Book Review: Black no Sugar – 9 Short Stories, by A.W. Wilson
Posted on May 21, 2013
by A.W. Wilson
My rating: 4 of 5 stars
Black no Sugar is a collection of nine short stories by A.W. Wilson, a self-published author, containing some bleak, pithy, funny, and well-crafted prose. I have read it slowly, one or two stories at a time, because (as promised) each story is like a dose of hot and bitter brew. In fact, that is just how I prefer my coffee, and it was the title, along with the hilarious image of a much-overused Munch painting on a Starbucks take-away cup (I’d thought I’d never see a fresh re-frame of that, but life is full of surprises) that made me decide to give the stories a try. I figured that anyone who could come up with that idea would be worth devoting some reading time to. Still, like espresso shots, you cannot down one after another, all in one sitting, and not expect your nerves to be shattered afterwards; so, I have proceeded with caution.
A.W. Wilson’s stories are refreshing in their intelligence, style, and wit. They are not filled with extraneous guff, screaming out for an editor who can spell and who has a grasp of English grammar. Clearly, they are not written by someone who has never read any good books himself, and Mr. Wilson’s admiration for Bradbury shines through. So, you are safe to open the cover, gentle readers, as these stories will neither make your eyes bleed from clawing at them in disbelief, nor your brain shut down, in order to protect itself against losing IQ points with every page turned.
Well, none of this will occur in response to the author’s writing style, anyway. The content may cause a variety of reactions, which are unpredictable. I recommend avoiding this collection if you are in the grip of a depressive episode or slogging your way through a dark, cold winter. This is a compliment to Mr. Wilson, as I found that some of his stories lingered with me in such a disturbing way that I was sorry I’d read them just before bedtime. In short, they pack a punch.
The first story, The Apocalypse Soup Kitchen is funny and, while bleak, it is bleak in a way that doesn’t clutch at your soul. The humour helps to deflect the devastation, in a story that might otherwise feel utterly devoid of hope, and the protagonist seems clever enough that we think he might just possibly-maybe find a way out of his desperate situation. Several of the stories which follow are like a river that is calm and quiet on the surface, but roiling dangerously in its depths.
At his best, Mr. Wilson gives us first-person accounts of protagonists facing immediate personal crises. They are people dealing with problems that feel, and sometimes are, insurmountable. These problems vary enormously in their threat to personal integrity and survival: one man struggles to cope with the hours-long, existential death grip of a corporate meeting; another is devastated when the attempted solution to his dilemma fails, tragically and irredeemably; another copes by focusing on just one thought at a time, enough to get him through the next moment of his life, in order to carry out the horrific duty that has been entrusted to him; and another quietly goes though the motions of his banal daily routine, to avoid contemplating the profound truth that he has been abandoned by all mankind.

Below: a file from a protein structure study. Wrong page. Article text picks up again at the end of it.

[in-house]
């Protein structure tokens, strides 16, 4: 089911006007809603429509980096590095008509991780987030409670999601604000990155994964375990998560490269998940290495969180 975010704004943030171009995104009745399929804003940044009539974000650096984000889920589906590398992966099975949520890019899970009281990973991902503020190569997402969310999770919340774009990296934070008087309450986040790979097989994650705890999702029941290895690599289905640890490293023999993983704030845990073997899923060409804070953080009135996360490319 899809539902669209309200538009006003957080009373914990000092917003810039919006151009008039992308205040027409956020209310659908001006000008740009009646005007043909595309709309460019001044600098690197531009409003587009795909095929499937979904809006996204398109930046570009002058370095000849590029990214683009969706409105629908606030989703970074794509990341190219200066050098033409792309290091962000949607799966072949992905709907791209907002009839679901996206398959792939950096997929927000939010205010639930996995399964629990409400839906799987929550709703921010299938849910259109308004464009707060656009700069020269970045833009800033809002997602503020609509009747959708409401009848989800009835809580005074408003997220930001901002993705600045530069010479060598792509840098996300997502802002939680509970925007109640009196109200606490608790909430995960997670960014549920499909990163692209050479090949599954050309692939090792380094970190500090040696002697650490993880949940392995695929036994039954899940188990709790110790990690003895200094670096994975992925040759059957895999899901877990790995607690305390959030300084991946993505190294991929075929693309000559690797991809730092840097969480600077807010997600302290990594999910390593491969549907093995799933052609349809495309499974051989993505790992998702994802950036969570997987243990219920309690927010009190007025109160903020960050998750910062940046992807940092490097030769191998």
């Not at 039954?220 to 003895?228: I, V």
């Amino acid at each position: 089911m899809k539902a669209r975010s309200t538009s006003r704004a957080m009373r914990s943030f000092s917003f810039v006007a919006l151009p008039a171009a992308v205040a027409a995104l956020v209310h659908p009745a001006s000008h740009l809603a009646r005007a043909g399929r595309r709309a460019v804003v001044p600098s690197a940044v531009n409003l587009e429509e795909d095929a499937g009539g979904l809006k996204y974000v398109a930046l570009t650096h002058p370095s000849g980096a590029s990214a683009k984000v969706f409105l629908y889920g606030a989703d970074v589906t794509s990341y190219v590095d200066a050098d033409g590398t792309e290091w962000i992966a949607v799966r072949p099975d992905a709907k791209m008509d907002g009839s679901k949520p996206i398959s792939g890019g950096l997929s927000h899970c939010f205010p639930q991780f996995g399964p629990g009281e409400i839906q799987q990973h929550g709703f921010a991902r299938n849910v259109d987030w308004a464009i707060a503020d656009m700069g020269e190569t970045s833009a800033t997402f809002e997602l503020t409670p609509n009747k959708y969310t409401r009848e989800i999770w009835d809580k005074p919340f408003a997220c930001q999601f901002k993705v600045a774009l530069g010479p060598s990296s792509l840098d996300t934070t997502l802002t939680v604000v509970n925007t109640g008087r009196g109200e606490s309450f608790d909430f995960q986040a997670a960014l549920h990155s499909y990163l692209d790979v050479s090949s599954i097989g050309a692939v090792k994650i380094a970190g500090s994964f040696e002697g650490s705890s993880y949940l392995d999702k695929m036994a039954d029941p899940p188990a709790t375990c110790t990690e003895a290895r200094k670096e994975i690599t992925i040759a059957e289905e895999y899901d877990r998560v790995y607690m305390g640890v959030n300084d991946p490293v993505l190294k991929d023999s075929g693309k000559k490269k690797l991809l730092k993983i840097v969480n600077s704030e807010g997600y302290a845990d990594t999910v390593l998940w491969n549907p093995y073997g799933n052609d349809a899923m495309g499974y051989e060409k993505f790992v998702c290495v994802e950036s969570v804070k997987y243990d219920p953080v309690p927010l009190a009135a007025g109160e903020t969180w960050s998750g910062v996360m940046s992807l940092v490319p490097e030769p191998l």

The stories are linked in subtle, as well as more overt, ways; one of which is that the characters all focus on what they have to do, here and now, this very moment, to survive as a whole person, or a good person, or any kind of person at all (in some cases). In at least one of the stories, we get a happy ending, but that’s not really the point of A.W. Wilson’s writing. He is asking us to sit with him for a while, over a cup of our favourite acidic beverage, and ponder some of the most disturbing questions about being human, creatures who share the same drives as most other animals, while being blessed and cursed with self reflection.
Directly and indirectly, we are invited by the author to consider a whole slew of potentially distressing thoughts about ourselves and our relationships: Whom do you love? For whom would you kill, or die? Is your desire to survive so strong that there is no one you would not sacrifice in hopes of gaining another day for yourself? Are you sure about that? How much have you learnt about yourself through your mistakes? Or, like many or even most of us, do you just keep repeating them, the lessons eluding you for all practical purposes? Are there fates worse than death, personal Hells in which we wallow for eternity? Or, does death bring an end to us once and for all?
These themes are explored in a tone that is unmistakably British: acerbic, restrained, dryly humorous, stoic. If you miss the humour in this book, you miss everything, because it’s the only light shining in an otherwise long, dark night. My hope for A. W. Wilson’s future writing is that he might grace us with some elements of what is kind, good, and redemptive in the human spirit; that he might offer us his talents with a bit more warmth and heart, still balanced by the cold eye he casts on life, on death.